Saturday, September 26, 2015
Since I was on call last night, I only got 3 hours of sleep before heading to Las Vegas this morning. We met my brother, George and his friend Manny, while checking in to the hotel. We had lunch at Triple George down the street and then slept for a few hours. Then Chrissy and I headed to the Life is Beautiful festival on the streets of Downtown Las Vegas.
Since this is an Art, Food and Music festival, there is plenty to see while walking from stage to stage. Here's a meerkat art installation on the side of a bus...
...of course my zookeeper wife recognized the meerkats right away.
A little message from the Hydrant Club. Our dogs would love this dog park.
One of the most famous dogs in the world...punked out a little bit.
We wandered around the festival grounds on a very hot evening...which wasn't as bad as I thought it would be...because like everyone says...IT'S A DRY HEAT.
This festival and it's organizers are trying to revitalize the downtown neighborhood which has a lot of empty buildings and vacant lots...which provide great places for some street art.
It looks like we will have a great view of Sunday nights supermoon eclipse.
We got up close for our first band of the festival...Edward Sharpe & The Magnetic Zeros.
They put on a great show. The singer was in the crowd several times during the set. The crowd sang and danced along to all the songs while the large band followed the singer Alex Ebert's many orchestration changes. This was a fun show with great music that blended many influences. After their set, I was so full of energy...I no longer doubted that I would last until the end of Stevie Wonder's set at 1 am. We caught some reggae music by Rebelution on our way to find something to eat for dinner.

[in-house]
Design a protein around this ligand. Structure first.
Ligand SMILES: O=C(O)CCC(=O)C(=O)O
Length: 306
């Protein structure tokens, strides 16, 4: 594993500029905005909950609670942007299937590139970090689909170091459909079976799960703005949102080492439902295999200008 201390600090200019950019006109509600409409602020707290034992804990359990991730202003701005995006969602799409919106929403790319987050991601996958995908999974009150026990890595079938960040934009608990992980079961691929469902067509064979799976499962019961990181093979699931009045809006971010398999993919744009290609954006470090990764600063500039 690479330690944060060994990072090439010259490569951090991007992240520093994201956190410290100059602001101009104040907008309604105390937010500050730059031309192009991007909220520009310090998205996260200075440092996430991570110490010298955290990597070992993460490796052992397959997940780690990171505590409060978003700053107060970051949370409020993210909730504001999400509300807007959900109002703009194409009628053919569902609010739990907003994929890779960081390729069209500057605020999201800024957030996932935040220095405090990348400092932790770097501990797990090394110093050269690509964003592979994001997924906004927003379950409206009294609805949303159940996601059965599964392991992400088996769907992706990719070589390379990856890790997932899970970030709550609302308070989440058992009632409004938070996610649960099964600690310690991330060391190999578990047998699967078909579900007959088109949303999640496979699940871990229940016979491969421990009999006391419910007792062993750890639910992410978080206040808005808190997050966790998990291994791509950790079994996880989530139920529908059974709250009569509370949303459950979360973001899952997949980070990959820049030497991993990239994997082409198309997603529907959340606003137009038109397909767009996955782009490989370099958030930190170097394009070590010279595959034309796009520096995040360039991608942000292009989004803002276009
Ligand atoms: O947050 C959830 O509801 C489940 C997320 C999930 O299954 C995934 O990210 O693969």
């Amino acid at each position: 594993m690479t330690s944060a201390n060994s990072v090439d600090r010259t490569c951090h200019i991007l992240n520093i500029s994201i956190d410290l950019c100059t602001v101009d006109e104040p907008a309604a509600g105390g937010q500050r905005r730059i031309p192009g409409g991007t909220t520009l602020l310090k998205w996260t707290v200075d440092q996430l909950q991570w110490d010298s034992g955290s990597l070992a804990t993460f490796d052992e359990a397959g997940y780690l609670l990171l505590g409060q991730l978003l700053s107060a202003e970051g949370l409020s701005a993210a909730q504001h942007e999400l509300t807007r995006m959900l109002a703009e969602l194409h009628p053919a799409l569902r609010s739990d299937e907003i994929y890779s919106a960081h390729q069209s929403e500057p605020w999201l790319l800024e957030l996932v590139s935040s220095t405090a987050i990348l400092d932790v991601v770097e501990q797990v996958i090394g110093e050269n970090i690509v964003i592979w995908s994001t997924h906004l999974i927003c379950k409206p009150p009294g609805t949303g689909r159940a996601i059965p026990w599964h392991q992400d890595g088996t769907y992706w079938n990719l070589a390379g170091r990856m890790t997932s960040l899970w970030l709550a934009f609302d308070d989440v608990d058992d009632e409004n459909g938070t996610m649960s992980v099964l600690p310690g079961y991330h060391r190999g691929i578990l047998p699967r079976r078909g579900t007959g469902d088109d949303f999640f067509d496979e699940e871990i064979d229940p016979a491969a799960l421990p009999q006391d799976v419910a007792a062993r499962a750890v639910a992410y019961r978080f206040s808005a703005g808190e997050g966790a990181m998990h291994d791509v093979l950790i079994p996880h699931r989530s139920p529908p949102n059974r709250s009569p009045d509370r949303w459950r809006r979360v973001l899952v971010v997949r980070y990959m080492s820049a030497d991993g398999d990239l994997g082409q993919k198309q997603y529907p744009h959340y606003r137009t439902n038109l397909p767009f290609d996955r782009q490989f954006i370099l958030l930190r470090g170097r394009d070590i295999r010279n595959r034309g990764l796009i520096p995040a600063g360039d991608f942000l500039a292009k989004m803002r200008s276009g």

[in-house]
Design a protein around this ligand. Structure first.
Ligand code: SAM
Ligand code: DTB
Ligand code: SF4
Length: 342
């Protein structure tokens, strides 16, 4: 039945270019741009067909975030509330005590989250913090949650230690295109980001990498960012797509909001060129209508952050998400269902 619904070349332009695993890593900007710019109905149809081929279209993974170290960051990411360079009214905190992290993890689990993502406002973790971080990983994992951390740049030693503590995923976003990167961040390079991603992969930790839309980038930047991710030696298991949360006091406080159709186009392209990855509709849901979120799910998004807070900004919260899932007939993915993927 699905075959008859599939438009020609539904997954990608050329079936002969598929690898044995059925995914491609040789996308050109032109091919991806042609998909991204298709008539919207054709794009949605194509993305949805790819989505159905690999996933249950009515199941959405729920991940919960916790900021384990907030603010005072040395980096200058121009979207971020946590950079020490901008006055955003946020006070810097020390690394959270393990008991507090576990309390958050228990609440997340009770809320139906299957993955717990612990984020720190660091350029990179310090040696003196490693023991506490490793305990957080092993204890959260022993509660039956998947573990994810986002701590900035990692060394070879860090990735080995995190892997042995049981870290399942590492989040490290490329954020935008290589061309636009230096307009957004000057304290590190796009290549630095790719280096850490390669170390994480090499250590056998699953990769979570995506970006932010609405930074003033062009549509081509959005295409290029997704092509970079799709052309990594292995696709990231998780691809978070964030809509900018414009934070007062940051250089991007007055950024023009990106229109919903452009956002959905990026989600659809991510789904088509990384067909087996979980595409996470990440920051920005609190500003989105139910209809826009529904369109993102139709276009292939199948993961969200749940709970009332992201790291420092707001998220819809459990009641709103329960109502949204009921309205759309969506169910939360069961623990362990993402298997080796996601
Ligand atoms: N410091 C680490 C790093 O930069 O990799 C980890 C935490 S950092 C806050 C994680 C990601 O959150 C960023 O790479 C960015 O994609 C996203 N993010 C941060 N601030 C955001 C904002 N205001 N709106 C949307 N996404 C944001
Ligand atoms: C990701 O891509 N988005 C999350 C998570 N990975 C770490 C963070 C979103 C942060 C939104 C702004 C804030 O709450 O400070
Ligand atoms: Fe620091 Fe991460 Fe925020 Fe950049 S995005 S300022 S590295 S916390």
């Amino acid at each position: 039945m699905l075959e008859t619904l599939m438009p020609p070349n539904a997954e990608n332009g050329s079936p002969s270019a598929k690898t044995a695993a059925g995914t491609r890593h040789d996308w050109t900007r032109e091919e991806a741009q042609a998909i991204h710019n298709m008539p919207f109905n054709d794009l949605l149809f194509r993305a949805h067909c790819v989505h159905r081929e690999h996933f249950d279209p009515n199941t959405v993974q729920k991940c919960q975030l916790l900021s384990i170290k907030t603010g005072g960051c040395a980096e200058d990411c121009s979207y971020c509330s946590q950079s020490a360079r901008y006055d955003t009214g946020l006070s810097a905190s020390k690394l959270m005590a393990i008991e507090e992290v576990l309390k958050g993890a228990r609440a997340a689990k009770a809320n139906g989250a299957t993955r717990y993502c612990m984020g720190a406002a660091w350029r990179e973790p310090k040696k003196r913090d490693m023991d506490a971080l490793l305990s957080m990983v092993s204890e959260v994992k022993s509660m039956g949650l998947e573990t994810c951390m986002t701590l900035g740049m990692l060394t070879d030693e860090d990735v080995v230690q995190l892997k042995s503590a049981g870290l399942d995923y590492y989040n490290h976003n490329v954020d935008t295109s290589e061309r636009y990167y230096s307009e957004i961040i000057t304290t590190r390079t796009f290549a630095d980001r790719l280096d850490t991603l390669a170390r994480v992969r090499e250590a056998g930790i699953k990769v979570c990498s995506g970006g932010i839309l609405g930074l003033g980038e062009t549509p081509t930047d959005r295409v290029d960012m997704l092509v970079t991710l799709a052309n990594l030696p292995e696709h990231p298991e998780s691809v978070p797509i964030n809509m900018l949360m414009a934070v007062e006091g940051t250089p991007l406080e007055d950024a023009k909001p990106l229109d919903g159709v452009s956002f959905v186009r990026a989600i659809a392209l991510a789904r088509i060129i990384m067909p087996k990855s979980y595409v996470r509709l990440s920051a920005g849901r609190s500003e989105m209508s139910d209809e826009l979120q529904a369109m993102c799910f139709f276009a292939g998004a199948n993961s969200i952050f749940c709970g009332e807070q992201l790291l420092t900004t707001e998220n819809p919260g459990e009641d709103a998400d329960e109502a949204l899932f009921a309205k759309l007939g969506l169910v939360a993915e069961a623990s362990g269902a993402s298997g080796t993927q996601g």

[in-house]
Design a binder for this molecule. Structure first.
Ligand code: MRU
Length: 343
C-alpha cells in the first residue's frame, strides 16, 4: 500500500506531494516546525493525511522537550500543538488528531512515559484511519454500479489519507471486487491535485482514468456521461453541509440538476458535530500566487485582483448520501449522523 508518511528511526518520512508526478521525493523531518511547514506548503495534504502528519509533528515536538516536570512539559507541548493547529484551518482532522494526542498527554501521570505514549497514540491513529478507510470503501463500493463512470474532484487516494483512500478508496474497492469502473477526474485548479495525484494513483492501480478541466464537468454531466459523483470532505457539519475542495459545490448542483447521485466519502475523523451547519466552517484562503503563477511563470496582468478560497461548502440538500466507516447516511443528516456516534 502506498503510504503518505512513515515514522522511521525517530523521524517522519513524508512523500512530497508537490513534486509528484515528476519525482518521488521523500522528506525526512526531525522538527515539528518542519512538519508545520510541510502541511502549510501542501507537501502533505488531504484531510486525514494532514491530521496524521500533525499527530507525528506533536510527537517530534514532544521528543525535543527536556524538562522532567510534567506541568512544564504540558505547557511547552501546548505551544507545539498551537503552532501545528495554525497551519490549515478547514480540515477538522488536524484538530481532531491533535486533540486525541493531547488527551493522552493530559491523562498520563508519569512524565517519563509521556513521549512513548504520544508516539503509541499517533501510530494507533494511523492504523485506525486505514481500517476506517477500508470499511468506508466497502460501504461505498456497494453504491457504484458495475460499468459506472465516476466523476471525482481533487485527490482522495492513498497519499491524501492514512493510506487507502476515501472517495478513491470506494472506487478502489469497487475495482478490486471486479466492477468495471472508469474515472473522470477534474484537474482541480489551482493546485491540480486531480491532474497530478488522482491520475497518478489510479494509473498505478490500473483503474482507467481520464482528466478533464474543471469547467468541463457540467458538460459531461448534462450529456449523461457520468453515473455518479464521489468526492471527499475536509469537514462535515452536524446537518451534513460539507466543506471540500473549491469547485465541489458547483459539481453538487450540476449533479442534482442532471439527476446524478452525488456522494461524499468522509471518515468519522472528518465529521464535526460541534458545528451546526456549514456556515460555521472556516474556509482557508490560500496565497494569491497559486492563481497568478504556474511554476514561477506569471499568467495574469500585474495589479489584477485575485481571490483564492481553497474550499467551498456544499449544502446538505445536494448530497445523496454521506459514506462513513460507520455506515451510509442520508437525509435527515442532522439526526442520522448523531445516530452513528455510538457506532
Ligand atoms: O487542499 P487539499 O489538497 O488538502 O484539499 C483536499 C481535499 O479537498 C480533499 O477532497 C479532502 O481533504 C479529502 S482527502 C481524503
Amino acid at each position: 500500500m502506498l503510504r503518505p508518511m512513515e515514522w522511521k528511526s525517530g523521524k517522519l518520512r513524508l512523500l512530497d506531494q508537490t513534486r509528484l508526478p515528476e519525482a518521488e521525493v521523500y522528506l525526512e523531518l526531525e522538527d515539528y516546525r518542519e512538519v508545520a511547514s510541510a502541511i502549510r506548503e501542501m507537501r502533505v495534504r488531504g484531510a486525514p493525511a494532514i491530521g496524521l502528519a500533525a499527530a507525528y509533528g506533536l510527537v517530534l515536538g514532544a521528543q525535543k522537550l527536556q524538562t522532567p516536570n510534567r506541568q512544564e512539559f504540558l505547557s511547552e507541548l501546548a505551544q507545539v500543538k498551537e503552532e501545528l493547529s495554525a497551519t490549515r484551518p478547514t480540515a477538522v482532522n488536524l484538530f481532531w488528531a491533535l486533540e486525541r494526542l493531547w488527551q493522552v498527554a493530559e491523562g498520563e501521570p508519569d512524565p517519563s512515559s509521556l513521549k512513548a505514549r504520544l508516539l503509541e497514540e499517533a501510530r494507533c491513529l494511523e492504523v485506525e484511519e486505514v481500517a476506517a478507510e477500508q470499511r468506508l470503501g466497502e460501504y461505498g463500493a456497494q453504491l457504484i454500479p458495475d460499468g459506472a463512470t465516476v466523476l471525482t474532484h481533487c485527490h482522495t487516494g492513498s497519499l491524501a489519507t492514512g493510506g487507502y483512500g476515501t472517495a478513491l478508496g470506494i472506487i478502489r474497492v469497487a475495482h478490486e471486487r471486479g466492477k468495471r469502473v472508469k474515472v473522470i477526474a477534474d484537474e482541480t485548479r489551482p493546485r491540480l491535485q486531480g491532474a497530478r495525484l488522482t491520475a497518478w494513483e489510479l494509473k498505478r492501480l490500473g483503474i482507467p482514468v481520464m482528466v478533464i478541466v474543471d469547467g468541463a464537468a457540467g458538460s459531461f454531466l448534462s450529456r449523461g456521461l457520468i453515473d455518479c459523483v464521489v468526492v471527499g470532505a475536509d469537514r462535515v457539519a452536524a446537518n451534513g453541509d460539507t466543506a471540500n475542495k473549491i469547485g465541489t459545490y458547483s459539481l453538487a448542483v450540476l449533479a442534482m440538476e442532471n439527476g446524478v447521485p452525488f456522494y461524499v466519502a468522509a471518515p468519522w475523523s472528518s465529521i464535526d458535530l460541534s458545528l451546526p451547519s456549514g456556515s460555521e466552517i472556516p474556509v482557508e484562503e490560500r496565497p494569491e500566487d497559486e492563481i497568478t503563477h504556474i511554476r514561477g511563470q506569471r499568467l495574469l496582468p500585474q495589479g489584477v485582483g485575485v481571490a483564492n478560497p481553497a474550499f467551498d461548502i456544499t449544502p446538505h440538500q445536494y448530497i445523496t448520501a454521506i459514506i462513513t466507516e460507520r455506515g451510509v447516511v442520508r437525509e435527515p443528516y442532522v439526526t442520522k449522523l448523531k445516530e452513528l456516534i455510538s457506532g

At 9:30 pm it was still 93 degrees. So after grabbing a Biloxi buttermilk fried chicken sandwich and some Korean Tacos w/ sweet soy onions and cilantro, we cooled off with Mai Tai...Appleton Estate Signature Blend Rum with Bols Orange Curacao, Fresh Lime & Giffard Orgeat. Very tasty and really hit the spot.
Stage backdrop while roadies set up the stage.
I really enjoyed the Irish soul music of Hozier but we left before his set ended to catch 21 Pilots because I missed their set at Lollapalooza and heard they put on a great show.
A little message to let you know Snoop Dogg is playing here Saturday.
21 Pilots were energetic and fun. We were way in the back and the sound was great. This festival definitely does sound better than Lolla and Riot Fest. It was now time to see a true musical legend, so we decided another cold drink was in order...Born on the Bayou...Rhum Clement Creole Shrubb Liqueur, Rhum Clement Select Barrel with fresh lemon and mango tea...Life is beautiful with tasty alcohol.
Stevie Wonder lived up to all expectations of mine. The music, the incredible songs, amazing musicians, the showmanship, the humor, the love, the dancing, the huge crowd singing along and the messages about changing the world...it all added up to a near out of body musical experience...at times the chills up my spine lasted for minutes...other times I just closed my eyes and let the power of the music cause me to float away in my own mind. Another mind blowing musical experience for me at a perfectly named festival.
Stevie gave every musician a chance in the spotlight...they definitely deserved it because the band was amazingly talented. But the highlight was when he challenged each of the five background singers to out sing him...which every one of them did in their own way...listening to people who can sing like that sent chills up and down my spine each time...Stevie just laughed as each one upstaged him and stole the show...a true musical legend.